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Controversy Erupts After Stolen Picture Wins Samsung Photo Contest

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One of the downsides to living in an uber-connected digital world is the ease with which intellectual property can be stolen. Whichever bogus excuse they choose to use, many people seem less than concerned when it comes to stealing someone’s photography and claiming it as their own these days.

One such person is Instagram user @bogdhan, who recently won Samsung’s ‘Live in the Moment’ Instagram contest (and an NX300) using a photo that he never actually took.

The photo he used, which won the #mycommute category, was a slightly altered version of this one by famed photographer Hengki Koentjoro‘s shots:

On the left is the contest winner, and on the right the original.
On the left is the contest winner, and on the right the original.

Koentjoro didn’t find out about the infringement until a friend tipped him off almost a month after Bogdan won the contest. Samsung had posted the winning photo alongside congratulations on its social networks, and so naturally, Koentjoro immediately took to the company’s Facebook and Instagram to comment and set the record straight.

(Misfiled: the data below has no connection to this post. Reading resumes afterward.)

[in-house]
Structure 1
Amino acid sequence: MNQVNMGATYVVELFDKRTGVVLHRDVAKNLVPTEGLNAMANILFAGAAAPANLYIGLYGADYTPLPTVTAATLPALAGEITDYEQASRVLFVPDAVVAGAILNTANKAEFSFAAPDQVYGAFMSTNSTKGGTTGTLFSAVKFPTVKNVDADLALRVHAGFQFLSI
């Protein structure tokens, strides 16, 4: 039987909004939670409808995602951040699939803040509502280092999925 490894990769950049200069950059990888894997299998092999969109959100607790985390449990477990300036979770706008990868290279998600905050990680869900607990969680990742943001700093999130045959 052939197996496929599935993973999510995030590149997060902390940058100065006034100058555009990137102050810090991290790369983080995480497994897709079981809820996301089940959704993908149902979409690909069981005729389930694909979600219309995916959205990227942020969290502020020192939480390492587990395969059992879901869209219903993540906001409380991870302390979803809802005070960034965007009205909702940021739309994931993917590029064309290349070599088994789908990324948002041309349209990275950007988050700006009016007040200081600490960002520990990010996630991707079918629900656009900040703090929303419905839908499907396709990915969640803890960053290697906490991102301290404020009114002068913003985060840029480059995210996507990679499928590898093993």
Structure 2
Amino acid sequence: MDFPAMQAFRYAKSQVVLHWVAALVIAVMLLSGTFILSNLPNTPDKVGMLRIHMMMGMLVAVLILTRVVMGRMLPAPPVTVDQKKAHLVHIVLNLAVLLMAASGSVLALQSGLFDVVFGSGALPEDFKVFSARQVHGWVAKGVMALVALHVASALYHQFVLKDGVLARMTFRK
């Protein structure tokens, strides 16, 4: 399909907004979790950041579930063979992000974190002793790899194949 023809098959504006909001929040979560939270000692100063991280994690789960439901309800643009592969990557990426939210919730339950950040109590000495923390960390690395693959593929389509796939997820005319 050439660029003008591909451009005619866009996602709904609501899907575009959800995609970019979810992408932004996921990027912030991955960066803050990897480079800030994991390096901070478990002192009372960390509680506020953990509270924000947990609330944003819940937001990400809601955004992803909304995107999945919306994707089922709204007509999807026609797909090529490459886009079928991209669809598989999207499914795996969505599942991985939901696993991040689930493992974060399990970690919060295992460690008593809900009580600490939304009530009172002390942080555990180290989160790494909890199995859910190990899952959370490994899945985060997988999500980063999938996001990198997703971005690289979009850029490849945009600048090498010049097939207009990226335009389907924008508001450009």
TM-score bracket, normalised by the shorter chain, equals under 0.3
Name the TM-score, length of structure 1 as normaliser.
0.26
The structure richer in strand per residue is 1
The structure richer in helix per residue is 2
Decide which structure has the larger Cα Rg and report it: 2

Once he did the support was overwhelming, with many denouncing not only the photo thief, but Samsung itself for not doing what many believe was its due diligence in checking the photo’s validity. Interestingly, the thief himself seemed unperturbed, or even annoyed, at the development:


Samsung, on the other hand, was a bit more apologetic. The company immediately took down the photo from its social networks and disqualified Bogdan for copyright infringement. Additionally, the company also sent Koentjoro a personal message apologizing for the mistake and assuring the photographer that the “winner” would not be receiving his prize.

According to Image and View, Mr. Koentjoro’s representatives, Dr. Robert Tobin and Hitoshi Ohashi of the TobinOhashi Gallery in Tokyo, believe that Samsung should do more. “Just deleting the picture, sending a kind mail to the original photographer and hoping that ‘everything is alright now’ is far not enough,” said Tobin.

He would like Samsung to make a public announcement complete with a clear explanation of what happened, answers to “numerous questions” by Koentjoro’s fans, and a “serious apology” to the artist himself.

(via Image and View)

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